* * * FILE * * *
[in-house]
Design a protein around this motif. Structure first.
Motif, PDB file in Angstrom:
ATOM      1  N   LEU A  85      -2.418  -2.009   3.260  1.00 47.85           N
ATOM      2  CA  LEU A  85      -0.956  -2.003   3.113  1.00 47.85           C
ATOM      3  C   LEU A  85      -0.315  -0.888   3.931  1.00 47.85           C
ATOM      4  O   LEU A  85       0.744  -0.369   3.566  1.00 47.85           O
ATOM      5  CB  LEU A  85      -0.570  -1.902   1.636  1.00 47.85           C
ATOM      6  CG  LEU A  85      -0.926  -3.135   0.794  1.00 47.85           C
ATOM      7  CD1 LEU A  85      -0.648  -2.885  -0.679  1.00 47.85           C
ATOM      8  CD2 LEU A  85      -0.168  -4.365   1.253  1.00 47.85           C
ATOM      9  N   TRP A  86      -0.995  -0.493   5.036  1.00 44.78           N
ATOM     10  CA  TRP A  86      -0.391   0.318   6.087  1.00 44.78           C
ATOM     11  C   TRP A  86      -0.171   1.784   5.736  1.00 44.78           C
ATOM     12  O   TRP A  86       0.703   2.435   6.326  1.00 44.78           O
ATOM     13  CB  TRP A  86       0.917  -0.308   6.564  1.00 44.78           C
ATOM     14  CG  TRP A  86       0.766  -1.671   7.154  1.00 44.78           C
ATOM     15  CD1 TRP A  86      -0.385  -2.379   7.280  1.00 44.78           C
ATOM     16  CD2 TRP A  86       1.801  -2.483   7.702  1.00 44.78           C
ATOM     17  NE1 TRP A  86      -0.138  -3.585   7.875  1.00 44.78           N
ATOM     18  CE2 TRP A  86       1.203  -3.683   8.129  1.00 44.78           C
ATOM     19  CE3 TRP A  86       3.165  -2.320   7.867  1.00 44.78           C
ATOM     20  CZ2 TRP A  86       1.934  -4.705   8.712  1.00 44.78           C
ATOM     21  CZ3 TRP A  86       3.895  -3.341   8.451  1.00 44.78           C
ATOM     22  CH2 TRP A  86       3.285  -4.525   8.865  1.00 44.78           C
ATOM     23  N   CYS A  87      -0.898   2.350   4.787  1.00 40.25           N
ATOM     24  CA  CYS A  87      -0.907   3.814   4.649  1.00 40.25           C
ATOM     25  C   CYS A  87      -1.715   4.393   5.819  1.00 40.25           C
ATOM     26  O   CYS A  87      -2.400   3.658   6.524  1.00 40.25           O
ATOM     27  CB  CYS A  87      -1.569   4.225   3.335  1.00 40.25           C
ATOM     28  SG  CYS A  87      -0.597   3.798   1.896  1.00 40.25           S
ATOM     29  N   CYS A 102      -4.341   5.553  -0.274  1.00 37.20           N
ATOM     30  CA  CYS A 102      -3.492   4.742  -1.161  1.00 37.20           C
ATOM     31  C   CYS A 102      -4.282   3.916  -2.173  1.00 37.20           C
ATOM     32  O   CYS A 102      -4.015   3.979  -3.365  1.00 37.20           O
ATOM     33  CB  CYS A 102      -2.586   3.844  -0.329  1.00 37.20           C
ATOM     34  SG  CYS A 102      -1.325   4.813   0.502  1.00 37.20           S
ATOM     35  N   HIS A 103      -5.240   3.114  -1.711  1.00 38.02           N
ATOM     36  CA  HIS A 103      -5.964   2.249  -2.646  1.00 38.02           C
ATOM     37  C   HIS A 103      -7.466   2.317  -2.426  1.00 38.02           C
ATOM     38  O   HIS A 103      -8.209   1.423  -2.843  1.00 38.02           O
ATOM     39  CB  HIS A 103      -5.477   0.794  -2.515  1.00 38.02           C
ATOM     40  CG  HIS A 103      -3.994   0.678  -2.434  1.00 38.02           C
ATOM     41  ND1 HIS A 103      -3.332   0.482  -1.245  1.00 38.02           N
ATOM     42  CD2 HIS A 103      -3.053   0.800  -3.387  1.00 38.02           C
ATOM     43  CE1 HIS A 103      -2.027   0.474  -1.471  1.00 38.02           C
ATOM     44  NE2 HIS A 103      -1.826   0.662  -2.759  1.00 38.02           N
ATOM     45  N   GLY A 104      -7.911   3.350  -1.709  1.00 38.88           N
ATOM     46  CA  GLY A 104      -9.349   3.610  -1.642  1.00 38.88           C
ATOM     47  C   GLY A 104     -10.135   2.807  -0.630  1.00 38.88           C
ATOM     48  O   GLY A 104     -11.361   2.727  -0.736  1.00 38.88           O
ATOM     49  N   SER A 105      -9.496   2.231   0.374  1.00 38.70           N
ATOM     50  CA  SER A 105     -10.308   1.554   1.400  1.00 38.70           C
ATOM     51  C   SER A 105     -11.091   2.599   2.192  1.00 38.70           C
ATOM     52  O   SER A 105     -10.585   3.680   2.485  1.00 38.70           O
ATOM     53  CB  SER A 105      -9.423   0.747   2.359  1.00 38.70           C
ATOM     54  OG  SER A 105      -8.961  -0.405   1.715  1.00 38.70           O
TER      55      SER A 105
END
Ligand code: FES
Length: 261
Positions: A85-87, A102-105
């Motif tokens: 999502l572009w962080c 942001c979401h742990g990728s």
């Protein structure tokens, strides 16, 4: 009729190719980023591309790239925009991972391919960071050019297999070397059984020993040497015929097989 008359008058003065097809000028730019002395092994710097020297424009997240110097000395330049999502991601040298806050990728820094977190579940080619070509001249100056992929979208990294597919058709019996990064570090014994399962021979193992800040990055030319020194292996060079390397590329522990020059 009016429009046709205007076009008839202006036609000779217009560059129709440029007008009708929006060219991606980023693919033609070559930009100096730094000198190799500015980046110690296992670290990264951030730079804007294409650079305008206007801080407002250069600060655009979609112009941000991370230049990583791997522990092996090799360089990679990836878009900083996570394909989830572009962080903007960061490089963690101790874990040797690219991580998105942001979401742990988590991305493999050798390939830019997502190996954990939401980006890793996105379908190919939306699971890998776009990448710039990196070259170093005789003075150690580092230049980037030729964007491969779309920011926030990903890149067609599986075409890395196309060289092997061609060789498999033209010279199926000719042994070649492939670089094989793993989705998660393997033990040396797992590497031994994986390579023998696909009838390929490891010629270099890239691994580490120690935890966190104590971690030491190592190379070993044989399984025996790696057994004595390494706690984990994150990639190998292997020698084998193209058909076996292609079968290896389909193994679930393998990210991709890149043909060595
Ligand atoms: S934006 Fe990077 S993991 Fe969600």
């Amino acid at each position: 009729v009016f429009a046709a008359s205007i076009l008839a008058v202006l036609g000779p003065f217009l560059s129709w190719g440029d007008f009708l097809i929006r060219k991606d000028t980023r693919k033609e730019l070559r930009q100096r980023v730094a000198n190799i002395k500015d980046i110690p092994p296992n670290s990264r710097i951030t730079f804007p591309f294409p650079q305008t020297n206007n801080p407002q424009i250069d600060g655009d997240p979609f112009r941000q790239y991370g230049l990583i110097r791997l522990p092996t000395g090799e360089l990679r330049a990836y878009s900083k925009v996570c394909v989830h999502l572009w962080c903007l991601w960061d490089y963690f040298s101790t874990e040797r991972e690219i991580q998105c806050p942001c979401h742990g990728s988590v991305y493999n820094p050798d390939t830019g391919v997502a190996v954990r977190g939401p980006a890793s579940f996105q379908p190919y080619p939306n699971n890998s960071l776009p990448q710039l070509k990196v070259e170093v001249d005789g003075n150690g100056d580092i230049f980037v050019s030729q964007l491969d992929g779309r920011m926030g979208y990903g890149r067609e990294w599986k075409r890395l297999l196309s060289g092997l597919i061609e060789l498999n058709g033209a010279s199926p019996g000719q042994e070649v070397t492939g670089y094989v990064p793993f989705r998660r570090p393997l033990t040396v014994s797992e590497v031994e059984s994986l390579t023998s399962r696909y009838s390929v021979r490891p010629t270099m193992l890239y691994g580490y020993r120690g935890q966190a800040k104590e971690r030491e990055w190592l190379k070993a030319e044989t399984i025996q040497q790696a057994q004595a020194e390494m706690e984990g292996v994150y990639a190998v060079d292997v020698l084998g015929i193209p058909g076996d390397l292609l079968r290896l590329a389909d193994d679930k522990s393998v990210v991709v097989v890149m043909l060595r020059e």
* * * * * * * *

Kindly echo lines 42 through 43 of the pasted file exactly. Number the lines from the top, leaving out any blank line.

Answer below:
ATOM     39  CB  HIS A 103      -5.477   0.794  -2.515  1.00 38.02           C
ATOM     40  CG  HIS A 103      -3.994   0.678  -2.434  1.00 38.02           C